City Launches Pilot Program to Address Homeless Loitering, Crime at Pasadena Gold Line Stations

The 22-day trial effort at Metro's Allen Gold Line Station ends Monday

Published : Sunday, August 25, 2019 | 2:15 PM

[Updated] A pilot program designed to proactively address the loitering and crime associated with homeless people at Pasadena’s Metro Gold Line stations is wrapping up a 22-day trial on Monday. The results could lead to a larger ongoing program across Pasadena.

Pasadena Police Chief John Perez said last week that a new Homeless Project Committee has dedicated higher levels of collaborative City resources at the Metro’s Allen Gold Line Station in recent weeks.

“This concept utilizes a proactive approach in balancing the need for enforcement with the ability to provide outreach through social services,” the Chief said in his report. The emphasis, according to Perez, is on “offering and providing needed services.”

The collaboration involves the Pasadena Outreach Response Team (PORT), Union Station Outreach Services, Homeless Outreach Psychiatric Evaluation Team (HOPE), and the City Prosecutor’s office.

Formed in the spring of 2019 by City Manager Steve Mermell, and chaired by Perez, the Homeless Project Committee works to alleviate quality of life issues in Pasadena, directly related to homelessness, using a holistic approach, according to City spokeswoman Lisa Derderian.

“The emphasis will be on assisting with temporary/long-term housing,” she said, “providing immediate medical attention, locating rehabilitation facilities for addictions, dealing with mental health issues, and other social services-related issues.”

The concept entails collaborating with partners to field outreach social services teams that make daily visits to contact loiterers, according to Derderian.

During the project, a subject contacted with multiple warrants is taken to court where the City can request a court order placing them into treatment, or that they be given a restraining order from the station and its environs.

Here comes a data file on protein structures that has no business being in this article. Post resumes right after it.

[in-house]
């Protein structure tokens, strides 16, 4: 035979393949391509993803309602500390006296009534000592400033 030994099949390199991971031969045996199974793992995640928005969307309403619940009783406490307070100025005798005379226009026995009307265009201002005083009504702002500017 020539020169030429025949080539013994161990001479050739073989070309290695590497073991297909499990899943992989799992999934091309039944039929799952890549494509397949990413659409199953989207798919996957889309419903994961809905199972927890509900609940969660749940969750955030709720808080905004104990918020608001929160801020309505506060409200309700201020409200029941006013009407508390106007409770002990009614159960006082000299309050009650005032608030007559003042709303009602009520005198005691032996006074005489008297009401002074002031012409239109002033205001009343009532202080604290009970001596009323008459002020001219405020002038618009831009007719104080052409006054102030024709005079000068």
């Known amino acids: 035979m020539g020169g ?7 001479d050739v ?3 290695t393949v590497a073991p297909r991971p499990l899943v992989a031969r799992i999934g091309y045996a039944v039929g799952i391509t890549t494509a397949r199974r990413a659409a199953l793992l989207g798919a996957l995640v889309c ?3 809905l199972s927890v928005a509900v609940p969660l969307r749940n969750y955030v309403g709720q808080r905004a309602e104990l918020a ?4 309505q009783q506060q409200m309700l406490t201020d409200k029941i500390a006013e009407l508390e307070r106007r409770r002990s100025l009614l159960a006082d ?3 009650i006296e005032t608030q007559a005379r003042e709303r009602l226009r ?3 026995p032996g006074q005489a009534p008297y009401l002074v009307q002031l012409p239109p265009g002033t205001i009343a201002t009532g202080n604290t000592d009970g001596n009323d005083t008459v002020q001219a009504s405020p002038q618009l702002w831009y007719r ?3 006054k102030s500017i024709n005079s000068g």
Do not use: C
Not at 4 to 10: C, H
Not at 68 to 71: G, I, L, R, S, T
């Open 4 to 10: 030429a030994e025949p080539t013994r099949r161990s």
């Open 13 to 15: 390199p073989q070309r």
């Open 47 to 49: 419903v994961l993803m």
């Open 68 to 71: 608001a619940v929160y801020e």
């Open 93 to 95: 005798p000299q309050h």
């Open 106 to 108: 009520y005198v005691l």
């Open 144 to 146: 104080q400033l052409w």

The project involves what Derderian called, “a proactive, multi-pronged approach starting with the outreach teams working in tandem to identify any social service needs of those loitering in the area, as opposed to the current effort, which makes enforcement the priority.”

Acting Deputy Chief Cheryl Moody is the Chair of the project and the pilot program is the committee’s deployment. Were it to be successful, the concept would be attempted at other Metro stations, according to Derderian.

“The goal,” said Perez, “is to reduce homelessness and chronic arrests of transients through social services.”

Pasadena police, according to the chief, will also be experimenting with “in-reach” services program targeting homeless people currently in the City jail.

Commander Arthur Chute oversees the HOPE Unit.

The strategy entails HOPE psychiatric evaluation units contacting habitual arrestees in jail who are homeless or have psychiatric issues in order to provide them with services they need before they are released back onto the streets.

“Unfortunately,” said Chute, “incarceration is part of the process. That’s what we’re trying to avoid by getting them services that they need, whether it be food, clothing, whatever it takes so that they’re not committing crimes to live.”

Union Station Homeless Services is thrilled to be working with the Homeless Project, said CEO Anne Miskey.

“We believe that the partnership, through this committee, will be able to have a positive, targeted approach to reaching out, supporting and housing people experiencing homelessness,” she told Pasadena Now.

It is less about new, or more services than about coordinating those on the frontline fight against homelessness, said Miskey.

Miskey stressed that relationships between different service providers have always been fruitful, it’s just that, with the committee, the partnership is intentional, the goals explicitly shared, the possibilities greater.

Partnering and collaboration make the disparate parts aware of each other’s resources and better equip them to point people in the direction of the help they need, she explained.

“Somebody may see someone experiencing homelessness and the first thing they’ll do is call the police,” Miskey noted. “Well, it may not be a police issue. The person isn’t committing a crime. They may, in fact, be in distress. So we want to make sure we’re working together to get information out to the general public that says, ‘Here is who you call if you see this. You can call Union Station, and if a crime is being committed, you call the police.’”

The collaboration, she said, will hopefully close “gaps” in the homeless service community through coordinated efforts.

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